Herbst, Diane. “Adnan Syed: Asia McClain, Alleged Alibi Witness, Reacts to New Trial.” People. 1 July 2016. <;. Accessed 28 July 2017.

Johnson, Lacey. “Maryland prosecutors ask court to deny new trial in ‘Serial’ murder case.” Reuters. 8 June 2017. <;. Accessed 28 July 2017.

Koenig, Sarah. “Lawyer Gutierrez agrees to disbarment.” The Baltimore Sun. 2 June 2001. <;. Accessed 28 July 2017.

Larson, Sarah. ““Serial”: The Podcast We’ve Been Waiting For.” The New Yorker. 9 October 2014. <;. Accessed 28 July 2017.

Simpson, Susan. “What the Crime Scene Photographs Show.” The View From LL2. 30 September 2015. <;. Accessed 28 July 2017.

Smith, Thomas. “Serial: Adnan Syed’s Post-Conviction Hearing Is Underway.” NME. 5 February 2016. <;. Accessed 28 July 2017.


Serial Podcast a World of Mystery



Sarah Koenig, writer of the famous podcast, Serial.

Today we are looking at something that’s a little different from my last couple of blogs.  Just a couple of days ago, I listened to my first ever podcast from a series called Serial, by Sarah Koenig.  Now I’ll admit I was a little hesitant to listen to a podcast because I am more of a reader.  However, this podcast proved to be really interesting and Sarah’s methods of delivering her message really grabbed my attention.

Before we dive into my review, let me give you a little background information on this podcast.  Sarah created this gripping podcast as a result of being approached by a woman named, Rabia Chaudry, who read one of her articles on defence attorney, Christina Gutierrez.  Christina was disbarred for allegedly mishandling money entrusted in her by clients (Koenig).  Rabia came to Sarah hoping she would investigate the case of her good family friend, Adnan Syed, who was convicted of killing his ex-girlfriend, Hae Min Lee (Larson).  After reading Sarah’s article Rabia became suspicious of the fact that Adnan’s defence attorney may have purposely botched his case.  As requested, Sarah began the long investigation into Adnan’s case.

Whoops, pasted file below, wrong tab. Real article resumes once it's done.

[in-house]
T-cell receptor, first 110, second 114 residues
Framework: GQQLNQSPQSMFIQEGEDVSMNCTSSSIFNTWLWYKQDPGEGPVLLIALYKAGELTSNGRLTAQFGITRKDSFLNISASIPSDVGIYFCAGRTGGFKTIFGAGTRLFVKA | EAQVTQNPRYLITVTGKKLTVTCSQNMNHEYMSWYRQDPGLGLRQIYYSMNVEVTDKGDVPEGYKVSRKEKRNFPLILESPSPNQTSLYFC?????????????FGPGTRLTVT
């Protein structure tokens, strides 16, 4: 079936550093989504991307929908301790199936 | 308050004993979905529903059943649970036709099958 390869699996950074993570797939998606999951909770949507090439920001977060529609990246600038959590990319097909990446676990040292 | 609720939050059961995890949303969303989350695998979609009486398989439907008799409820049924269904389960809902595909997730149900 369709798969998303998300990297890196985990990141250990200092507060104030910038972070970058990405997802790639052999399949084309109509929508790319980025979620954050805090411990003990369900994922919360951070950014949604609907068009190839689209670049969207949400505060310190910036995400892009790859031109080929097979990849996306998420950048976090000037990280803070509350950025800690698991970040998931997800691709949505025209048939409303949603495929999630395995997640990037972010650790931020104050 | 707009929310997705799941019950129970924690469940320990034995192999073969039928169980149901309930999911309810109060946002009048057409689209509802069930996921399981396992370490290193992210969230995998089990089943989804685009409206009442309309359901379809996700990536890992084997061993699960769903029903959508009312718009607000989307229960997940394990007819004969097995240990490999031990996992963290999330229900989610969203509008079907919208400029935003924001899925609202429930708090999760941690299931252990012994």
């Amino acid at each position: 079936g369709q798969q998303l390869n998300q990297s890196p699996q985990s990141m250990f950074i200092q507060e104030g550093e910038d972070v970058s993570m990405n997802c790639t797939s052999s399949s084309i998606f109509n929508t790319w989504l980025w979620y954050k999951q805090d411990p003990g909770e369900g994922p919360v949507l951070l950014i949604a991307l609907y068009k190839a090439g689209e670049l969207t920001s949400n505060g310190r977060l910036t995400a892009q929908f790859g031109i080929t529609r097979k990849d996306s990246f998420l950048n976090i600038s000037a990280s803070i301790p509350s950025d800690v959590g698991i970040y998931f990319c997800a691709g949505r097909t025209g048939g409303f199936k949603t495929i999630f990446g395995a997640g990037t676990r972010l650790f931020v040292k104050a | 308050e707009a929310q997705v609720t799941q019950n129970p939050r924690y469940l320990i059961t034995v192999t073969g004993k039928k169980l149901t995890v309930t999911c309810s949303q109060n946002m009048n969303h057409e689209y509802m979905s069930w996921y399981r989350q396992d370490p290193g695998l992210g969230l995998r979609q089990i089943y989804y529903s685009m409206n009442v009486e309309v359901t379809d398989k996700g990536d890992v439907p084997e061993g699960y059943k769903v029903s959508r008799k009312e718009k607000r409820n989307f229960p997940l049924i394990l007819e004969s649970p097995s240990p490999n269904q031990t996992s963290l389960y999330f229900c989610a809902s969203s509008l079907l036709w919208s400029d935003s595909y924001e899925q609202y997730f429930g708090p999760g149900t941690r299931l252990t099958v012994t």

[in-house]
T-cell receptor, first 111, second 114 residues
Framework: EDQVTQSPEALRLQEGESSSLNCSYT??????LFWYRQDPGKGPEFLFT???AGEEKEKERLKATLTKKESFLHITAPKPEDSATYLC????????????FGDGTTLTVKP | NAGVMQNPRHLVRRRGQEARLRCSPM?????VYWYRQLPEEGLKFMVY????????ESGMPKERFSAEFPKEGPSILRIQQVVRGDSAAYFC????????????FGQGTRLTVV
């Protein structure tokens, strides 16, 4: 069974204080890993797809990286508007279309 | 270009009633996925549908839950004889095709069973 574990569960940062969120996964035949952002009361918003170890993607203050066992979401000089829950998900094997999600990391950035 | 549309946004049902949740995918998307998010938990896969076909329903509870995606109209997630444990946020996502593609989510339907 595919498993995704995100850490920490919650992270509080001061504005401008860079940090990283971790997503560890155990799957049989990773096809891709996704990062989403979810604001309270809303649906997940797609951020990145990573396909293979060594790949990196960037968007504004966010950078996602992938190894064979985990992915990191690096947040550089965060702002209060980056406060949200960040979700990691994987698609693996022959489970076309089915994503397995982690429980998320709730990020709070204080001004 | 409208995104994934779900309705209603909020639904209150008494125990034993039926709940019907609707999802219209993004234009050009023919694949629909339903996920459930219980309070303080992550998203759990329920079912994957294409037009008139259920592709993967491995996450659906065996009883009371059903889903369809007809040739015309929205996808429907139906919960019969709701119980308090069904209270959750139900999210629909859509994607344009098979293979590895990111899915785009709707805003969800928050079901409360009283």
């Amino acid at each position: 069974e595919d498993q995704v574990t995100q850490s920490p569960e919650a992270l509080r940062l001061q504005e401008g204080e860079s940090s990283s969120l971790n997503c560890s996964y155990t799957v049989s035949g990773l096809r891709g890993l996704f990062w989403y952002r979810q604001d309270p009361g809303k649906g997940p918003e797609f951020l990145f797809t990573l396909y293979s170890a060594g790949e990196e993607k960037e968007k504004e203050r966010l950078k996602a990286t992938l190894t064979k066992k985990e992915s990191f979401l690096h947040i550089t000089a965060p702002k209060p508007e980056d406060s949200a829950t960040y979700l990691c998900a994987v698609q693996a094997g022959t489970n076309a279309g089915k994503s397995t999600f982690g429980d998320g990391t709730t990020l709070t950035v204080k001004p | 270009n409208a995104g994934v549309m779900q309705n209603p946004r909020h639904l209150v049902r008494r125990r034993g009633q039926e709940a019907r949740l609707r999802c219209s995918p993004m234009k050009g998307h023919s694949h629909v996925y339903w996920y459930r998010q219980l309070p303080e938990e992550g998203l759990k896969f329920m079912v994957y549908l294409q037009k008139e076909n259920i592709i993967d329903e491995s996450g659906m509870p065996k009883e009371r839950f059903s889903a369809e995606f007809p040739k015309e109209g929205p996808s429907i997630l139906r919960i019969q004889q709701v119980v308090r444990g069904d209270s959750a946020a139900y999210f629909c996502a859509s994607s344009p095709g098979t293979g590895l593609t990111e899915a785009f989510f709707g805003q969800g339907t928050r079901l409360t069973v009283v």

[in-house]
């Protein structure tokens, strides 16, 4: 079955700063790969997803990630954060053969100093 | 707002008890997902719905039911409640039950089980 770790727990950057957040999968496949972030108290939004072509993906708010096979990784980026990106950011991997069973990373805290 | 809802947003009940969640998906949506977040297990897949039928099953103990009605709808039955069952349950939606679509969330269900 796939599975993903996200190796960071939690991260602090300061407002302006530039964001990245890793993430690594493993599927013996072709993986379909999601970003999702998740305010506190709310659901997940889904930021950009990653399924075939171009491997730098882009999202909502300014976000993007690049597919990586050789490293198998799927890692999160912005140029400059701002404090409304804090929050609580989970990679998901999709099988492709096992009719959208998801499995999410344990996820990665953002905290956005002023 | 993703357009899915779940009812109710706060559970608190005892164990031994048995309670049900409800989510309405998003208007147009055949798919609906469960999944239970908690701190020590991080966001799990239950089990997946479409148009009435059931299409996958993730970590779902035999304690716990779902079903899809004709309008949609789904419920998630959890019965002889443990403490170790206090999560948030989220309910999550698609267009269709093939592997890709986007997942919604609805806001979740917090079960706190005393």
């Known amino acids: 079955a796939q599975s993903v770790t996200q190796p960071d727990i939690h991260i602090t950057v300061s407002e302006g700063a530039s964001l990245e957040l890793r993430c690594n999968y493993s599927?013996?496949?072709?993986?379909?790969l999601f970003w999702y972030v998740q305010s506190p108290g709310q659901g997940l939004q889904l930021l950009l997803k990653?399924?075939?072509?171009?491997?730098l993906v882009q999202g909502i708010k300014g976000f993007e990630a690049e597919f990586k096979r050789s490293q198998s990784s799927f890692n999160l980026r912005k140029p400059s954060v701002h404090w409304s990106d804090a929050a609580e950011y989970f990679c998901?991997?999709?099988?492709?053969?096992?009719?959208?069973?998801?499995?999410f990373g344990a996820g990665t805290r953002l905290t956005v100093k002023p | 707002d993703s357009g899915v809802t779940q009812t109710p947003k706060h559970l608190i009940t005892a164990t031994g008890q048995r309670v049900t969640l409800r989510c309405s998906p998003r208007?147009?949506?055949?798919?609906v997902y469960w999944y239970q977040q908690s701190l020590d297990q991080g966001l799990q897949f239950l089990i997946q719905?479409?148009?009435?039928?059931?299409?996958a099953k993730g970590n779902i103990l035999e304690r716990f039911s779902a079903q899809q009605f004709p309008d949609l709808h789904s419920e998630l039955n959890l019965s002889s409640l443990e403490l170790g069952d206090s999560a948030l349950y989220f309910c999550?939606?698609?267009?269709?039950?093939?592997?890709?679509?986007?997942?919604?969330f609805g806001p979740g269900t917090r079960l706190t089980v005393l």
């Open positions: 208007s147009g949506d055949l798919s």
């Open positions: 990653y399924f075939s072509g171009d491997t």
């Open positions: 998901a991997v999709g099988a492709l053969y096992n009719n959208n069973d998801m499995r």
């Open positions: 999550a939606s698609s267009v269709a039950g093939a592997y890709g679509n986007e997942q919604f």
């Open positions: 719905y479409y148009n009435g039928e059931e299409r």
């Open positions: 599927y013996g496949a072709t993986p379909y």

Victim Hae Min Lee (left) and alleged murderer Adnan Syed (right).

The problem with Adnan’s case was that he was convicted solely based on one testimony, Jay Wilds‘, who supposedly helped Adnan bury Hae’s body (Chaudrey).  Though there was little evidence proving Adnan’s guilt, the case mainly revolved around Jay’s story, despite the fact that Adnan denies any of these events occurring.  “So either it’s Jay or it’s Adnan. But someone is lying.” (Koenig)  Determined to reveal the truth behind this case, Sarah took her podcast to the internet in hopes to make some discoveries of her own.

The question remains: Is Adnan innocent or is he guilty?

Sarah starts the podcast off by questioning how well one can recall memories.  Can you remember exactly what you did six weeks ago during an allotted time?  It’s a pretty tricky question.  Well this is exactly why Adnan is now behind bars because he can’t seem to remember where he was on January 13 1999 from 2:15-2:36.  One side may ask: Who could blame him?  While on the other hand others may say: How convenient he can’t remember what he was doing the day of Hae’s murder.  Our brain acts like a “survival tool”, so any events that prove to be unmemorable will be deemed useless and be forgotten (Bar).  If January 13 1999 was in fact a normal day for Adnan, why should he be expected to remember this?  This issue with memory can go both ways.  Asia Mclean supposedly remembers seeing Adnan during the time of Hae’s murder, giving Adnan an alibi.  In fact, she can remember it very clearly.  With the issue of memory we wonder if this is reliable as there is no way to verify this.  Memory serves to be a tricky yet vital concept in court.  That is especially true in this case.